Sunday, June 30, 2013

Home Studio Setup & Re-purposing & Readjusting for the real world outside of the University

Just got back from Decorah, Iowa from the 10th annual "Down on the farm" Iron Pour. It was a great time. I didn't have any work ready for the pour but it was nice to observe for once and lend a helping hand here and there when needed. Special thanks to Kelly Ludeking and family for hosting the event. There were so many nice people. 

Back down to the new-ish studio in the garage today. Need to get more of my work done for the Uptown art fair. Its coming up fast.

Here is what I've been up to since not being allowed in the metals studio over summer like I had in the past...
I have lots of art to make and  the setback with no studio acces forced me to set up shop in my dads garage. I had a rummage sale to clear out projects that are just in the way, but also to make money to buy what I need to complete more work. Rummage sale money got me this nice big "YOST" vise and also an L-shaped piece of steel to make into a stake. 

I also picked up two large bolts and a machinist vise handle to repurpose them into forming stakes.

This L-shaped piece has been cut with a band saw into a rough shape.

I cut, ground and later polished this L-stake which resembles one half of a stake that I used in the school studio.
These bolts got filed sanded and polished into anvils

My primitive setup. Vice on treestump. Typewriter or microwave cart for pretty much all my work surface. Coffee table for tools and such.

First vessel. attempted, still not finished. had to borrow an oxygen/acetylene torch from my dad. Gets a very hot flame. Difficult to see metal temperature for annealing and easily burnt holes in the walls of the bowl as I soldered. Below is the propane torch that could anneal with a massive fireball but couldn't solder. I've since sold it and purchased an old National Veriflow 3A-B glassblowing torch which works very well

Studio space is getting more  mobile and organized. Dads vehicle needs to be in after I'm done working. Small price to pay for using his space... I also found a cheap Chinese made bench grinder for $5. You get what you pay for but It's a bare bones operation right now. I removed the metal shrouds and grinding wheels and retrofitted on a wire-wheel and buffing wheel.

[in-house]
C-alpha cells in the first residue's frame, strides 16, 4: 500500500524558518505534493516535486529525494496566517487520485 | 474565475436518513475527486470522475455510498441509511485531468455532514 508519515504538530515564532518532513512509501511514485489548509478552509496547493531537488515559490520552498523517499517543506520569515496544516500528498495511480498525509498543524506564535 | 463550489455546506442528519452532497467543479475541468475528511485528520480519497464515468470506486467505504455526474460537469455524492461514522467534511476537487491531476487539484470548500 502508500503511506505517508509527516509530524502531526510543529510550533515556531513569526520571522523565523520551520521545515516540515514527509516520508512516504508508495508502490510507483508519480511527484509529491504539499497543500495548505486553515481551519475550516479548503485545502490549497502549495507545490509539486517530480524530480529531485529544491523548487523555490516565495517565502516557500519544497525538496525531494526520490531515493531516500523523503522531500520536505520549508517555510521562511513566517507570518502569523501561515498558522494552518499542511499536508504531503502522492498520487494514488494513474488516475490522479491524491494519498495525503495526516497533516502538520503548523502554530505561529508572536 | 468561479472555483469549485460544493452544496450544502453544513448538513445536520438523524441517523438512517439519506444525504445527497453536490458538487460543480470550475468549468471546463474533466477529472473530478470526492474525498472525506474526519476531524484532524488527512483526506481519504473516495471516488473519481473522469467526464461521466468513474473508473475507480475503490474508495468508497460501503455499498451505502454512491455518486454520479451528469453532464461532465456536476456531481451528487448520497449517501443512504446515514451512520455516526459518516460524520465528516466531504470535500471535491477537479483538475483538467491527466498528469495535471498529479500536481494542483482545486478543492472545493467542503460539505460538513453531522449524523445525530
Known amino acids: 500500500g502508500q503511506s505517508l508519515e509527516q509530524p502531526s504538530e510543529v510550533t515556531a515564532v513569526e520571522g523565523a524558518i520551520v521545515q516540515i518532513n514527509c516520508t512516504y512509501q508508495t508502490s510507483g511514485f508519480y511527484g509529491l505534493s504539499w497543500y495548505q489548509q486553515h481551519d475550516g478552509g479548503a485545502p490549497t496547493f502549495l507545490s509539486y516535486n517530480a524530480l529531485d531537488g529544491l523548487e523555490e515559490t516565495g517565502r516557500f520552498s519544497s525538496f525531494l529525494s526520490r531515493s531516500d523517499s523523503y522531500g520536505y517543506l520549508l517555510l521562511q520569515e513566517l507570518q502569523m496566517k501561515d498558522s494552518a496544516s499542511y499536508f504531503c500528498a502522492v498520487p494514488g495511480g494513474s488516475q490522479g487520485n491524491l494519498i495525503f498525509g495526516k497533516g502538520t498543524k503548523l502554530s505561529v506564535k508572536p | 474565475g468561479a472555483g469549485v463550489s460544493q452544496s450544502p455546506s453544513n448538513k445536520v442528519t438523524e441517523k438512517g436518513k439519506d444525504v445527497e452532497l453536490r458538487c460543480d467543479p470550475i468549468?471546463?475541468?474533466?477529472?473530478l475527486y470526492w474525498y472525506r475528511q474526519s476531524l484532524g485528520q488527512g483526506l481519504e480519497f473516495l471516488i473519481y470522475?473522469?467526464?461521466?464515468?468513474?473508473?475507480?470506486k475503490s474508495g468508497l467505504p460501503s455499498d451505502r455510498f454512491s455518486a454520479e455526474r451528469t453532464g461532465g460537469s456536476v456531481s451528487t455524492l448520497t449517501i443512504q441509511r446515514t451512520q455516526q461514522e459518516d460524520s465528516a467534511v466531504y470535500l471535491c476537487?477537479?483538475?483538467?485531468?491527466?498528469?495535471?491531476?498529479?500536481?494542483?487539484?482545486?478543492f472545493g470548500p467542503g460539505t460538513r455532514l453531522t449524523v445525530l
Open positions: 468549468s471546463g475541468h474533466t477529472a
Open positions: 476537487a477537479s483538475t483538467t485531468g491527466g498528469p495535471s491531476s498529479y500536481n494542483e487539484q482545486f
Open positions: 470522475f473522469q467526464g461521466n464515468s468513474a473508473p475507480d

More work has been done.
I took part of an old door and some thin metal wall stud looking things and created a slightly larger bench for the grinder which sat unsecured on a cardboard barrel. I also ordered a cheap "dremel type thing" that came with a screw on flex-shaft for finishing work. Get what you pay for. Like the bench grinder, it hits high RPM's but bogs down a little too quick when working. I ordered pickle solution for cleaning metal, and some patina chemicals. I also have been continuing to invest in things such as files, tin snips, chip brushes, delrin acetyl resin (used to upgrade my two oak hammer heads up to a harder more shock resistant material.) I've Gotten several bowls finished once the new torch and a fresh tank of propane arrived. Also bought an air compressor from my friends at the Vitamin Studio. They gave me a pretty good deal on it. I took wheels off a little old snow blower that I parted out so I could replace the broken wheels on the compressor. I just had to drill out larger holes. I finally found a belt for it ($17) and after some cord repair, it works great for the torch.

Thanks for reading. I will try to get some pictures up of the new work and studio arrangement. 



  1. If you haven't used a tool in an exceedingly year, likelihood is that you do not would like it, unless it's a selected or costly tool that you simply very might use within the future. Useless tools take up precious house Multimeter symbols.

  2. I'm not sure if I understand your statement, however, there are tools that have limited use or consistency issues that need to be fixed from time to time. I try to acquire tools when I need them or when they are affordable and most likely a wise investment for future use. Space is limited in my shop at this time and I've had to make sacrifices for that reason. Some tools I have, such as the anvil, I bought because it was affordable even though I didn't necessarily need it at the time, however I use it quite often since I have acquired it. Metalsmith seems to be a lot like being an automotive mechanic in regards to constantly needing more tools to perform certain tasks.

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